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When Should Athletes Eat Honey to Maximize Performance?

When you're training, how you fuel your body can be just as important as your workout routine. Find out when and how to eat honey to reach your fitness goals.

Female runner training on wooded road, after healthy before workout breakfast of Don Victor Pure Honey

The idea of supporting your workouts with carbohydrates isn't new. Every athlete has heard of carb-loading. Whether you love carbs or hate them, the baseline fact is that carbs give the body energy to burn.

The British Nutrition Foundation puts it very succinctly:

The main role of carbohydrates in physical activity is to provide energy. For athletes, if their diet does not contain enough carbohydrate, it is likely that their performance and recovery will be impaired, as carbohydrate is the key fuel for the brain and for muscles during exercise.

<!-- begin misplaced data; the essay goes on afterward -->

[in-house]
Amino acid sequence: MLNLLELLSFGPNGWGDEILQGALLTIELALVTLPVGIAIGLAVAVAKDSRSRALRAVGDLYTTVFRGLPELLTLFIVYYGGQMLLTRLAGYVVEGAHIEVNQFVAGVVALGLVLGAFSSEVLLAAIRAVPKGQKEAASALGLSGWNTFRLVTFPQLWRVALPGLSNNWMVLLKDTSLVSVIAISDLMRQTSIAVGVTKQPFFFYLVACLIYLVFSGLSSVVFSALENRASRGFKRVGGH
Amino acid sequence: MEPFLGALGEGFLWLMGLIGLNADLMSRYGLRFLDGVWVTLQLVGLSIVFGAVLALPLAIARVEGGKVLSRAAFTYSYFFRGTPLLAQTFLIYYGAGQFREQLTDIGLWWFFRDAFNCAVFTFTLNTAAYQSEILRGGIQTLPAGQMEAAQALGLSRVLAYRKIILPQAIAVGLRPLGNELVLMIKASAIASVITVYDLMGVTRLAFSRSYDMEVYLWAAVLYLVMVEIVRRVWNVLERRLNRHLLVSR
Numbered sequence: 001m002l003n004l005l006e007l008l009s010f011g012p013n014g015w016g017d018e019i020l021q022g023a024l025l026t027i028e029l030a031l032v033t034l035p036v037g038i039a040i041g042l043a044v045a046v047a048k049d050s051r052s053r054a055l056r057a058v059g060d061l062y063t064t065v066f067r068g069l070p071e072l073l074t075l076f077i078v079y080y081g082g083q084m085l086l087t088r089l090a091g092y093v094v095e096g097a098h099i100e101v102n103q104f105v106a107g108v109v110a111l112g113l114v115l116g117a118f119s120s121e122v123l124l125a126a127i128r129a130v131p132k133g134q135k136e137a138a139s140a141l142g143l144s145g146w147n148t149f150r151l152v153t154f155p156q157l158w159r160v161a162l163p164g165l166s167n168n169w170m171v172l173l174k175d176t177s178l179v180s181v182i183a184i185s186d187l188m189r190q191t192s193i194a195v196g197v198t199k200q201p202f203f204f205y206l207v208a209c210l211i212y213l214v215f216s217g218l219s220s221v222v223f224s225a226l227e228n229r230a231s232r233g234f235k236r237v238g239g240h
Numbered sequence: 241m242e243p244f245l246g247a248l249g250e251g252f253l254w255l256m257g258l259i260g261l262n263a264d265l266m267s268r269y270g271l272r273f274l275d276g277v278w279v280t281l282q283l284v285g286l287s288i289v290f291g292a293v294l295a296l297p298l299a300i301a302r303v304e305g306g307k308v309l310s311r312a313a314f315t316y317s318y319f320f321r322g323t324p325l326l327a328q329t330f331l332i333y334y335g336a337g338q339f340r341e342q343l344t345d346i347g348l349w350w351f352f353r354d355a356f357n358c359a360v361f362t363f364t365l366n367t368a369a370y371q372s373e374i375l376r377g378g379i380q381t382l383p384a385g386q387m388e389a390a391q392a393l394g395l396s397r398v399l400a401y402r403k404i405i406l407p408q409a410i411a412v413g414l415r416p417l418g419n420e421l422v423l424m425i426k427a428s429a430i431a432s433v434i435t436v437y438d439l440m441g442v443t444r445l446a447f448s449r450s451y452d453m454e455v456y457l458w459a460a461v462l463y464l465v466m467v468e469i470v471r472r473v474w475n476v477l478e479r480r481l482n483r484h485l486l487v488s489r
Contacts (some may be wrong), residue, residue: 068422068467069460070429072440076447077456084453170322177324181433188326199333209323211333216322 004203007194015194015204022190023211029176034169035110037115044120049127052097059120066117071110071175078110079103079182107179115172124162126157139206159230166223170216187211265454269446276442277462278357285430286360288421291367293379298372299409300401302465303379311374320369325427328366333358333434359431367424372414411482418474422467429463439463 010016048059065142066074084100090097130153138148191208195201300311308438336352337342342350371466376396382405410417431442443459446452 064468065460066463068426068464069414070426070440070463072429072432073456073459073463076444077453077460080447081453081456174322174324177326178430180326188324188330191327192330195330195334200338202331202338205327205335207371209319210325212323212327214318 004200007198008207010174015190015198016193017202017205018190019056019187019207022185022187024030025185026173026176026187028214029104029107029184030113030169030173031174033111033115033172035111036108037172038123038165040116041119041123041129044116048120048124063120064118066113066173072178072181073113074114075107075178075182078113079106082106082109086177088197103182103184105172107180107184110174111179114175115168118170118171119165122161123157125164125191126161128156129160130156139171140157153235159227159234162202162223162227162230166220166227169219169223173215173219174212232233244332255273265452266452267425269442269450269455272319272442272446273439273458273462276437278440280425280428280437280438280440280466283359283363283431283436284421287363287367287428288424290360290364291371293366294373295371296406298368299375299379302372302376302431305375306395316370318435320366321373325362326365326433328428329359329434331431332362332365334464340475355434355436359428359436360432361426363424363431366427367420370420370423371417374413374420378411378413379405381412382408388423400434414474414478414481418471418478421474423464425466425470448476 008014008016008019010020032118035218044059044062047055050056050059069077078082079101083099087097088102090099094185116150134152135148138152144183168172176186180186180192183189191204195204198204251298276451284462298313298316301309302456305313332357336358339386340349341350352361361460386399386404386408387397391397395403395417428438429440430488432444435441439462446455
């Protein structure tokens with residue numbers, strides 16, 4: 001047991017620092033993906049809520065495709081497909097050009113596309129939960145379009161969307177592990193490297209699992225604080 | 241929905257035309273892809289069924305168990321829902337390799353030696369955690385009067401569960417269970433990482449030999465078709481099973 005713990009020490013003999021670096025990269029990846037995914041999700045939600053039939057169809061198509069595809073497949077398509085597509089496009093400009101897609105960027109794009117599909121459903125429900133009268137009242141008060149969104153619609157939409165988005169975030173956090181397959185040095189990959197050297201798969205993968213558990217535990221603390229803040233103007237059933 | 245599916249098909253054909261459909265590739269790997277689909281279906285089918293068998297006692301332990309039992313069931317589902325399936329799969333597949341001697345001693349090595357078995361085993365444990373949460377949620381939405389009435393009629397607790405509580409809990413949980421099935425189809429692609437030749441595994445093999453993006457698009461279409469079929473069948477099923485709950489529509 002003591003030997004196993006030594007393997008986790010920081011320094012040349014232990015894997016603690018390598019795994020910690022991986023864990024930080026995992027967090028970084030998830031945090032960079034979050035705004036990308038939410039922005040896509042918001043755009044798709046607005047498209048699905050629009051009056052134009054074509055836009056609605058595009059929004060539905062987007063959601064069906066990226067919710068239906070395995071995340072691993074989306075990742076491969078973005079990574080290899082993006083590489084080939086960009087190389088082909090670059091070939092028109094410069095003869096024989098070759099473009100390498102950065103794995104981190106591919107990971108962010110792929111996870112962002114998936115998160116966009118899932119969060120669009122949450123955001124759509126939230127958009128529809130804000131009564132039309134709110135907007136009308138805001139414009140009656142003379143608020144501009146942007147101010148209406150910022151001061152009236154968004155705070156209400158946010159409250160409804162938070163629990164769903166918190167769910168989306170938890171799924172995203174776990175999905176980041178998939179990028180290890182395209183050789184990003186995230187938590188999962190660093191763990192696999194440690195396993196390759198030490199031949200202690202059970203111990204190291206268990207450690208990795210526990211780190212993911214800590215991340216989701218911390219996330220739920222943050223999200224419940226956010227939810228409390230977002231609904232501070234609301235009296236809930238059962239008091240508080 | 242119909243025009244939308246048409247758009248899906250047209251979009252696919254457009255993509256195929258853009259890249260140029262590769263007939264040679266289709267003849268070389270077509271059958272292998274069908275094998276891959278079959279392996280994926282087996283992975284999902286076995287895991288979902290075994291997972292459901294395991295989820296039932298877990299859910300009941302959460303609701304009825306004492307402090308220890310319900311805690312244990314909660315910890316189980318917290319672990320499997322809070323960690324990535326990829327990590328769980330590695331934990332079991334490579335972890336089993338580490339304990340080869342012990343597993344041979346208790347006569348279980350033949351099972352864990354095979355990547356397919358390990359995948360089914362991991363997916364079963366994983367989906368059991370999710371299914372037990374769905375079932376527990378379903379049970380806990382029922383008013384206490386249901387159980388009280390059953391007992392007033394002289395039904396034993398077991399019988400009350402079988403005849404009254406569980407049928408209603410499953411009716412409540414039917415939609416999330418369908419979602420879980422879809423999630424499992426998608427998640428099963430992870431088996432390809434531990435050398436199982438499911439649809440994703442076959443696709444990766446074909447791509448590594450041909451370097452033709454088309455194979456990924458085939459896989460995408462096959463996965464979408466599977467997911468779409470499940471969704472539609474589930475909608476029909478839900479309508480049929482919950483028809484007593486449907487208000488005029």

When Is Honey the Best Carbohydrate Choice?

Not all carbohydrates are created equal, and not all carbohydrates fuel your body in the same way.

Complex Carbs

Complex carbohydrates, like oatmeal, brown rice, and other whole grains, release their energy slowly over the course of hours. This makes them invaluable for pre-endurance fueling and sustained energy throughout your day.

Keep an eye out for some upcoming before-workout breakfast recipes designed specifically for runners and cyclists! Subscribe to get updated when they post!

Simple Carbs

Simple sugars, like pure honey, flood your system with immediate energy on demand. This is the type of carbs found in energy gels and sports drinks, made to quickly replace the fuel you're burning during exercise.

A double-blind study with endurance cyclists at the University of Memphis showed that honey is just as effective as these custom-designed (and priced) sports products.

Even better, pure honey is all-natural and carries trace minerals and antioxidants. These trace elements, plus honey's unique blend of sugar types, place it lower on the glycemic index than processed sugars. This results in a steadier energy supply without the following crash.

Timing is everything with simple sugars. Here are the right times and ways to get a performance boost from honey.